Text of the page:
GREAT ARCHITECTURE AND BUDGETS REVISITED. Rebecca Koffman quotes the defense Michael Graves gave to complaints that the ceilings in the Portland Building are too low: “The floor to ceiling height is low because of the budget, not the architect.” She points out the building cost about $51 per square foot—“a cut-rate budget for a commercial building at the time”.

In 2008 I posted here about “GREAT ARCHITECTURE AND BUDGETS” and said: “People who live in and look at architecture do not usually allow for the cost constraints the architect faced.”

In that earlier post I referred to the story I had heard that when Walter Gropius designed the Harvard Graduate Center, he was the only major architect who would accept the budget limits, and that no allowance was made for post war inflation so that he had to cut corners to complete the project.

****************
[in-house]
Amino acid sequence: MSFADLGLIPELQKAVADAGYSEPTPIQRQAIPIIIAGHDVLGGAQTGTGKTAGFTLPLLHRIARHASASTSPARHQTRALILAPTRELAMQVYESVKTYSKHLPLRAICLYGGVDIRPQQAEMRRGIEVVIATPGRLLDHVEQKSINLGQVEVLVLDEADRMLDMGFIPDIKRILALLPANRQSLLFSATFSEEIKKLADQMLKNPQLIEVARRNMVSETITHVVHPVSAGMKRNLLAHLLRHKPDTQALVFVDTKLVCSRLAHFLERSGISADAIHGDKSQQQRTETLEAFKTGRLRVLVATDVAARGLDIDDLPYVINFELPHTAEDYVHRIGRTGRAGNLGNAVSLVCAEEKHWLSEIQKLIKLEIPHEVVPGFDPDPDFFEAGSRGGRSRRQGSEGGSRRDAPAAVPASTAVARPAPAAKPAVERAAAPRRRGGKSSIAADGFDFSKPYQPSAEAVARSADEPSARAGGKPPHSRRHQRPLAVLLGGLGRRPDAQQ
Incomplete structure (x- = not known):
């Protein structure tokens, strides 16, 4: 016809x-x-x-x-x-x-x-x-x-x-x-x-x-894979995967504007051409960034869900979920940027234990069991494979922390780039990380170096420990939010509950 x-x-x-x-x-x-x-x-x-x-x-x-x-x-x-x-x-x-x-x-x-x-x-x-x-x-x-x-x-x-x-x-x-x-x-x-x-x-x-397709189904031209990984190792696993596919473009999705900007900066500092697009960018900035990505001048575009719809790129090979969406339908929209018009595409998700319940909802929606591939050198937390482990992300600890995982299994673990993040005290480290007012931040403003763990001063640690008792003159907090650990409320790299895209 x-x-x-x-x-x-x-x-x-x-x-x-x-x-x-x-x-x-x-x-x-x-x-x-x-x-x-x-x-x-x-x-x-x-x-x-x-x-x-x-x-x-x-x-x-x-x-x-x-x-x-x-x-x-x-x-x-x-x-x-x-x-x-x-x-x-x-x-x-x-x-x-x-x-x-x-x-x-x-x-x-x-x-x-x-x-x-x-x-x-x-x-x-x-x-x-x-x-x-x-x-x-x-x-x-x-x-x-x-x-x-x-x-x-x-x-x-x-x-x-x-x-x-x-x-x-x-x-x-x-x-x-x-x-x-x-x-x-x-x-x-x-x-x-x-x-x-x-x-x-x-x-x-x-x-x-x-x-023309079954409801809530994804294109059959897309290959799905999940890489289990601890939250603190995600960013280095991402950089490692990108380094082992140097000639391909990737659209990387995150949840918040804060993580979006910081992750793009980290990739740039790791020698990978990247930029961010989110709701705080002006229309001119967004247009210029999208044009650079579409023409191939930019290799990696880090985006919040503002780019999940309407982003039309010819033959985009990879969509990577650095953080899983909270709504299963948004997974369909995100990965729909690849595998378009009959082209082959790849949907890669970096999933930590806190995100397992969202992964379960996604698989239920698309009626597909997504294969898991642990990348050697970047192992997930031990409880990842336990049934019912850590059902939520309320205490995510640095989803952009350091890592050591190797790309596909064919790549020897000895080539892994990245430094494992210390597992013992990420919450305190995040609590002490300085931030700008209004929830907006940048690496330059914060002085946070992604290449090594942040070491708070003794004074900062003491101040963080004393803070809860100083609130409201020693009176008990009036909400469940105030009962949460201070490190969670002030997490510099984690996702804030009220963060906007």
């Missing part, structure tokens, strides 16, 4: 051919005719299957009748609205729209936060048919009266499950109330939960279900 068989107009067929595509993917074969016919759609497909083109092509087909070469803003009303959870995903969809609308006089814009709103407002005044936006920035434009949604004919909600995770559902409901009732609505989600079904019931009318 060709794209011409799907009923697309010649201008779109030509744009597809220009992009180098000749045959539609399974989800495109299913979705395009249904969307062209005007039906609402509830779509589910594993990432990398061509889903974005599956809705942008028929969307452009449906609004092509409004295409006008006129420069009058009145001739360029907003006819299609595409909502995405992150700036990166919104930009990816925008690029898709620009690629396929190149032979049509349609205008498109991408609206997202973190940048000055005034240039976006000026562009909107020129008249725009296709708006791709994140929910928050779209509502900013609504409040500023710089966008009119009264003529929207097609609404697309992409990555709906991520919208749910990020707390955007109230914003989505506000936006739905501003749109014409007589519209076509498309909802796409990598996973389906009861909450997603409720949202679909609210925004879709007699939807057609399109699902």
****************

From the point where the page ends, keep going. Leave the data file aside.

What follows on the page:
I see that the link in the earlier post doesn’t work. Here is a link to the wikipedia article on the Harvard Graduate Center, where I spent a large part of my life, and here is a link to a Google images page which shows the many parts of the complex.

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